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Full extent of bullying at NHS Highland may never come out

By Val Sweeney

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Former NHS Highland official Brian Devlin.
Former NHS Highland official Brian Devlin.

More than 60 complaints of bullying at NHS Highland have been raised in the last two years, figures reveal.

It has also emerged that 39 cases currently remain open, of which 20 have been open for longer than nine months.

There has also been one dismissal – while five cases, where investigation has been completed, are currently at the hearing stage.

The figures have been obtained under a Freedom of Information request while separately, NHS Highland revealed that 154 people have registered with the Healing Process – a service set up at the end of May to support individuals who suffered bullying or harassment while working for the health authority.

But one victim of bullying says the full extent of bullying may never be known.

Brian Devlin, former head of communications for the health authority, said bullying still continued.

“We need to remember that these figures do not represent the amount of people being bullied in the organisation,” he said.

“These figures are about the number of processes going on. There will be far, far more people bullying and being bullied who never reach an investigation stage, or who are just contemplating whether or not to go through with it.

“We may never know the full extent of bullying that’s taking place now, as we speak, in NHS Highland.”

He said bullying should be treated as a form of violence.

“We have a zero tolerance of physical violence at work – we should demand the same for bullying,” he said.

“Equally we should have zero tolerance for those who observe bullying going on and do nothing about it.

“That behaviour is a tacit acceptance that bullying is tolerable, that it’s okay.”

Dr Iain Kennedy.
Dr Iain Kennedy.

Iain Kennedy, one of a quartet of medics who raised concerns about bullying within NHS Highland, said it could take years for the culture to change throughout the organisation.

But overall he and his colleagues were extremely impressed by the Healing Process.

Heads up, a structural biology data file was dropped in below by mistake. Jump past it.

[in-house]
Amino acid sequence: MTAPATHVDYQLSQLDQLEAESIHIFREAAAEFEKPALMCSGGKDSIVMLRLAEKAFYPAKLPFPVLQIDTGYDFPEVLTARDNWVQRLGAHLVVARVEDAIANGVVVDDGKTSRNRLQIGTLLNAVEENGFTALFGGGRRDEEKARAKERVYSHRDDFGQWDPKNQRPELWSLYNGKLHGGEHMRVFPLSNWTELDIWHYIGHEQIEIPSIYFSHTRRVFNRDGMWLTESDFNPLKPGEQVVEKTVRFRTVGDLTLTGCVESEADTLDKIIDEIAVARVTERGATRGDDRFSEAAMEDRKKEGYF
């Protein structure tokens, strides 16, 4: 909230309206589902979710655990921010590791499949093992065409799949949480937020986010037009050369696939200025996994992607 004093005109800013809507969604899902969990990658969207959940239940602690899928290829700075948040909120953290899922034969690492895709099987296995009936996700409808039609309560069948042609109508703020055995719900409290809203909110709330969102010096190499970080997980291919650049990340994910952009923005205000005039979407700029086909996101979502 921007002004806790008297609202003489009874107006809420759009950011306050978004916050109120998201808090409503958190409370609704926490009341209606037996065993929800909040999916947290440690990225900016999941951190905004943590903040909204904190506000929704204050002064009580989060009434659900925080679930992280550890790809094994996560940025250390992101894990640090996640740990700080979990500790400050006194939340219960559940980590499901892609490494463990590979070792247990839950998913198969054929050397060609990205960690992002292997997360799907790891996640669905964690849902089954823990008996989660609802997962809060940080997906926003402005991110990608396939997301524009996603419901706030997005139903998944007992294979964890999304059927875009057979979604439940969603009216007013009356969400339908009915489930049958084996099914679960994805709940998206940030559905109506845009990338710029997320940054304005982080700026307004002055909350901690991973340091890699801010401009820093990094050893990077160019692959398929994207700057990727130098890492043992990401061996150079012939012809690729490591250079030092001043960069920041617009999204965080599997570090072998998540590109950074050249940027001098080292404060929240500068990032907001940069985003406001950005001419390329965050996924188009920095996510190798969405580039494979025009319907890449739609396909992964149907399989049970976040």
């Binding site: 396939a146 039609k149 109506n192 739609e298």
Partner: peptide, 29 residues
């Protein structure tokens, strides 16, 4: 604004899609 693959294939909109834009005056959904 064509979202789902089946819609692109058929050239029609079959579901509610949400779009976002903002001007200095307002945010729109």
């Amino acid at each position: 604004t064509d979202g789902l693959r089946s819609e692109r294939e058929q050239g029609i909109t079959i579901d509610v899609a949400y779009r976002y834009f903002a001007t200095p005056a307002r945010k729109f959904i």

“I have only heard very positive feedback from those who have engaged with it,” he said.

Many people said they were benefiting already from psychological therapies while those who had attended the panel were giving positive reports about how well they had been treated.

“People have felt absolutely believed perhaps for the first time,” he said.

“They have been very impressed by individuals on the panel.

“Those people who are deserving of a financial settlement are looking forward to receiving an outcome from the remuneration committee so they can move on with their lives.”

He acknowledged for some, the process had been slow but he felt the positive response from victims outweighed the frustration.

He was surprised even one person had been dismissed as NHS Highland had protected far too many bullies over the years and had been bystanders.

He said victims who had been in touch had always felt people should have done the honourable thing and stood down.

“On a personal level, I am not expecting more dismissals nor am I calling for it unless NHS Highland thinks it is appropriate,” he said.

In the reply to the FOI, it was stated the 20 cases remaining open for longer than nine months were due to appeal processes, absence of complainant or investigation manager and also the extended process for medical staff investigations.

Asked about the one dismissal, an NHS Highland spokesman said the health authority did not comment on individual cases.

Related story: Bosses at NHS Highland say positive steps being made to address bullying

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